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The Gift of Context for American City Managers

by NRC
4 min read
January 7, 2016

- By Tom Miller -

A film of white smoke hugs the earth like the skin on a pot of milk let to scald. The boiling milk is Delhi and the skin is pollution from the fields charred after agricultural burns. I’m in India for a wedding but cannot resist comparing government service delivery here with what we have back in the U.S. By the most superficial analysis, such a comparison seems almost brutish. After all, India has four times the U.S. population with about 1/9th its GDP.

Nevertheless, government in democracies like the U.S. and India requires public investment in shared benefits. Sometimes, and perhaps most often during public comment, U.S. local government leaders get such earfuls about the problems in their communities and may forget how relatively good most of us have it.

Asphalt maintenance, growth management, violent crime, affordable housing– these are typical fare served up by residents at monthly council meetings across America. A cursory inventory of the evils an outsider notices on the Delhi streets strikingly rebalances the meaning of “problem” that a defeated public servant in the U.S. might understand.

Below are a few examples of government challenges in India that American managers rarely face.

Growth management: The U.S.’s largest city, New York City, grew by about 25,000 people per year to get to 8.5 million from 2013 to 2015. New Delhi grew by 400,000 in one year—16 times that number—to reach over 18 million people. India is on track to surpass China as the world’s largest country by 2022.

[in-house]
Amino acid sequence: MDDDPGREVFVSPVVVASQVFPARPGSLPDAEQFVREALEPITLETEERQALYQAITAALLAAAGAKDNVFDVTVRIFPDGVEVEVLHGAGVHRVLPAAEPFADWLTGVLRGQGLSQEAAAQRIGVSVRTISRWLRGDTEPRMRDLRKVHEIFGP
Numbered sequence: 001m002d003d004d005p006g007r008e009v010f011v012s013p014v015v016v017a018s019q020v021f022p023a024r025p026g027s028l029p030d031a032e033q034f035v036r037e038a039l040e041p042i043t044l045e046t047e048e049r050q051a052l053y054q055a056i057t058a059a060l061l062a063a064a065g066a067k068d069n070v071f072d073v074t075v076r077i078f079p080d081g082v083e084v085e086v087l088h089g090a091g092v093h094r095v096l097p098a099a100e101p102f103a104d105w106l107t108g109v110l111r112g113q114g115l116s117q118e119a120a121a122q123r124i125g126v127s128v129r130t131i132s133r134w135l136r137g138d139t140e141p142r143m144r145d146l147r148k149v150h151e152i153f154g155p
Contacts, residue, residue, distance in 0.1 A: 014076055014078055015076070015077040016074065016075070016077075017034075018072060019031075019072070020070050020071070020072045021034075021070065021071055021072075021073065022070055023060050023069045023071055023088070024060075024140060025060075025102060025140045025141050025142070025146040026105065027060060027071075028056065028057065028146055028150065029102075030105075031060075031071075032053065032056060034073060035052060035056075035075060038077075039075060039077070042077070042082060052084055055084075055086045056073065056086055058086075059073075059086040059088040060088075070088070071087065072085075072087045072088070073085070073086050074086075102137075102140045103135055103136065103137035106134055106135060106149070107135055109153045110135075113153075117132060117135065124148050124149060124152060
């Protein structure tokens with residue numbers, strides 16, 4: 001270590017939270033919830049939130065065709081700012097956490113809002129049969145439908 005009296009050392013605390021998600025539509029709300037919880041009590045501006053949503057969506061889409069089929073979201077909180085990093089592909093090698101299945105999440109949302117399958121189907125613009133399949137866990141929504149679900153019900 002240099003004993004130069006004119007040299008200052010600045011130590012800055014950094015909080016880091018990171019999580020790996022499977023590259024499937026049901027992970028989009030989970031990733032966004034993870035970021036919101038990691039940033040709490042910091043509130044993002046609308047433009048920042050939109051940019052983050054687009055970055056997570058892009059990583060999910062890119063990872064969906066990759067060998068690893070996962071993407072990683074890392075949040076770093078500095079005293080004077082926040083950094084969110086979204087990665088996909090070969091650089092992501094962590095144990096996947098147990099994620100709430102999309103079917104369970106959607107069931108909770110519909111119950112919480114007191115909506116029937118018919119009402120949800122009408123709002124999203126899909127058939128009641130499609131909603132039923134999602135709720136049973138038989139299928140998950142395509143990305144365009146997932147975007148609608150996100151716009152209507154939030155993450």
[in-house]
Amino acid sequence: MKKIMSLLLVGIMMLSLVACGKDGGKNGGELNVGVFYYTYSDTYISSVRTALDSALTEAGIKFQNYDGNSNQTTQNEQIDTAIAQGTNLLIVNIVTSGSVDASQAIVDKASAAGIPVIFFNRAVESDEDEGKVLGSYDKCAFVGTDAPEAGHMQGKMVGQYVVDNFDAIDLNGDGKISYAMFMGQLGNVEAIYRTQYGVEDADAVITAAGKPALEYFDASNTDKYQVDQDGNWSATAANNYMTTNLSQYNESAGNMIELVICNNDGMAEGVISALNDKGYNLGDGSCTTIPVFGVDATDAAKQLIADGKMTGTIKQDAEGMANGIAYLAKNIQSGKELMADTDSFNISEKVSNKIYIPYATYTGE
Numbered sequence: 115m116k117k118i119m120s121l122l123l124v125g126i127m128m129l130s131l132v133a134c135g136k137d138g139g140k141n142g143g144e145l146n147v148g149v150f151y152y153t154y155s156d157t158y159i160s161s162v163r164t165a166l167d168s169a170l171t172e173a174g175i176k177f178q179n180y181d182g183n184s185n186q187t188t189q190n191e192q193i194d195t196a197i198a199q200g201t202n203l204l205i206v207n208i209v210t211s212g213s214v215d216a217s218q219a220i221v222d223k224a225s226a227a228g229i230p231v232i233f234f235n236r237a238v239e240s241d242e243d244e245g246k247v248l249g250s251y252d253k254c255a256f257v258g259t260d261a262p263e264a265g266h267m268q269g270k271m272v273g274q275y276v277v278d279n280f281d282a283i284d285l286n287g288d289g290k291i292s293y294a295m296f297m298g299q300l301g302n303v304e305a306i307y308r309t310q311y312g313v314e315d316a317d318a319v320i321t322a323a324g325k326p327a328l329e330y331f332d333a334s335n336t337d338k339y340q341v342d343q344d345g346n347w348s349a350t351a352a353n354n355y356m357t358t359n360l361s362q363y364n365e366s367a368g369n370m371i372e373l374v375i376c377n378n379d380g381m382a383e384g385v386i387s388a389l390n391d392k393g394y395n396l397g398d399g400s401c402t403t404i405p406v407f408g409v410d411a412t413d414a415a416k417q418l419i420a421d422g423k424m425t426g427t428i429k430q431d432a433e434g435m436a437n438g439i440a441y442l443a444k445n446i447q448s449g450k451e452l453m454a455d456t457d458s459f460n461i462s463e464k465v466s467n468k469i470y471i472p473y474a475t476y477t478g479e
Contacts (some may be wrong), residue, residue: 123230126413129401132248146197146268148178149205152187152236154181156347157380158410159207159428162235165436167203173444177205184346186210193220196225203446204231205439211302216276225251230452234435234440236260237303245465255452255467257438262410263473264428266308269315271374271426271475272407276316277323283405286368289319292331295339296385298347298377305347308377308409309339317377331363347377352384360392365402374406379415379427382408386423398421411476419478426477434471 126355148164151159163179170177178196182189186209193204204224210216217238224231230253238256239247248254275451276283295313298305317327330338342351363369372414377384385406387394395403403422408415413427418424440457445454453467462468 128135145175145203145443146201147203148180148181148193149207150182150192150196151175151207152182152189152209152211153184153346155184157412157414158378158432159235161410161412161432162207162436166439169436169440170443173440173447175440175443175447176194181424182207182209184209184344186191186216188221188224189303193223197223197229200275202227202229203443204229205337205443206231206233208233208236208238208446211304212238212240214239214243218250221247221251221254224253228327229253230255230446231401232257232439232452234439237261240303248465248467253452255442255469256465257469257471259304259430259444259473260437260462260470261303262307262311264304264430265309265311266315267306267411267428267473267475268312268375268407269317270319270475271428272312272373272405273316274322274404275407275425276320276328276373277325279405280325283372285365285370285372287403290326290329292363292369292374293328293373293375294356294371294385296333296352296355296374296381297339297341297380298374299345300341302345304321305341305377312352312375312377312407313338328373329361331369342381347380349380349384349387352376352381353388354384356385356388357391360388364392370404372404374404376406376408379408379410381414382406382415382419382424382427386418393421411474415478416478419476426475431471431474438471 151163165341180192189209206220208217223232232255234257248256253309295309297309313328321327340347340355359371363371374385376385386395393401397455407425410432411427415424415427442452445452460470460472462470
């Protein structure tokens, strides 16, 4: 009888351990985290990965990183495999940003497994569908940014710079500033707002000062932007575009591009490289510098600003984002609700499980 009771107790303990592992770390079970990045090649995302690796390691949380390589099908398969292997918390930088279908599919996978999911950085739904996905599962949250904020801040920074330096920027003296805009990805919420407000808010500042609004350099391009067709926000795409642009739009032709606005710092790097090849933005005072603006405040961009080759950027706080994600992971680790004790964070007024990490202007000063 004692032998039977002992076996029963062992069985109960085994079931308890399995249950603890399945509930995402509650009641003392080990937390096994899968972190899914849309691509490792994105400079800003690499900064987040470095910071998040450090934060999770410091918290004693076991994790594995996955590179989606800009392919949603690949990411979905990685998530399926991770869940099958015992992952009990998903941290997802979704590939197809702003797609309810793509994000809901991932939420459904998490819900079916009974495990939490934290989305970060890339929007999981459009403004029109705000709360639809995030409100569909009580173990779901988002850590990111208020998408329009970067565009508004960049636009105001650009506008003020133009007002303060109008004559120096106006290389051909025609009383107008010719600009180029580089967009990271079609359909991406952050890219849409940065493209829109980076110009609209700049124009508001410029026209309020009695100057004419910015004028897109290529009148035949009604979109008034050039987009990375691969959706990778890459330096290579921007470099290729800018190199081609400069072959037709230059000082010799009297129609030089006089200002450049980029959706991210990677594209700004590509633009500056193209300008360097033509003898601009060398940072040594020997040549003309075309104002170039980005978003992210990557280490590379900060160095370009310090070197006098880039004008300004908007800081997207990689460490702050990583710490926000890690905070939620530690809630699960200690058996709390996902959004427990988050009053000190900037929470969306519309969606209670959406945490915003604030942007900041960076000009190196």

Delhi St_CC0

Pictured: Streets of New Delhi. CC0

Poverty, affordable housing and income inequality: About 15 percent of New Delhi’s population lives in slums. In Mumbai, it’s about 40 percent. In Mumbai, you can find the largest single-family house in the world, 27 stories occupied by one family of six. It cost a billion dollars to build.

Antilia House_Jay Hariani_Flickr_CCBY

Pictured: Antilia House. Jay Hariani. Flickr. CCBY

Traffic flow: Throughout the country, animals, rickshaws, cars and buses take the race for rare vehicular space to the streets. With all this Brownian motion on the roads, the death rate in India due to road accidents is only double that of the U.S.

rickshaw_CC0

Pictured: Rickshaw. CC0

Trash collection: Garbage is not removed only by pigs eating hills of refuse, but the pigs do help.

 
pigs in trash_Tom Miller

Pictured: Pigs eating garbage on the streets. Courtesy Tom Miller

Air quality: The Dec. 21, 2015 Hindu Newspaper headline reads, “Air pollution in state of emergency in Delhi.” We’re told it’s like this only three months of the year.

boy in smog_CC0

Pictured: Smog over the city. CC0

Public safety: The gun homicide rate is more than tenfold in the U.S. than in India. On the other hand, about 700 passengers died from falling out of overcrowded trains in 2015. Also, more than 2500 Indians were killed or injured from “communal incidents.” Such incidents arise from affronts to religious or ethnic groups from postings on social media, property disputes, defiling of sacred artifacts or gender related issues.

overcrowded mumbai train

Pictured: Overcrowded train in Mumbai. CC0

Health and wellness: Infant mortality in India is eight times higher than the U.S. The combination of excessive infant mortality, air pollution and inadequate health care may explain why the average life expectancy of an Indian is 68 years compared to 79 years in the U.S.

India Hospital Sign_Tom Miller

Pictured: Hospital sign. Courtesy Tom Miller

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This blog is no smug call for self-satisfaction, since much of America’s riches and India’s challenges can be credited to the luck of location, natural resources and the turns of history. It is important to recognize that despite these observations with an American slant, the Indian public has a strongly favorable view of the new path its country is on since the election of Narendra Modi.

This blog simply is a reminder that complaints to local government managers about community life sometimes are examples of how good our worst can be. When understood in the context of the world we rarely see, it is easier to remember that disappointments expand to fill the space between what we have and what we expect.

This post originally appeared on the ASPA National Weblog.
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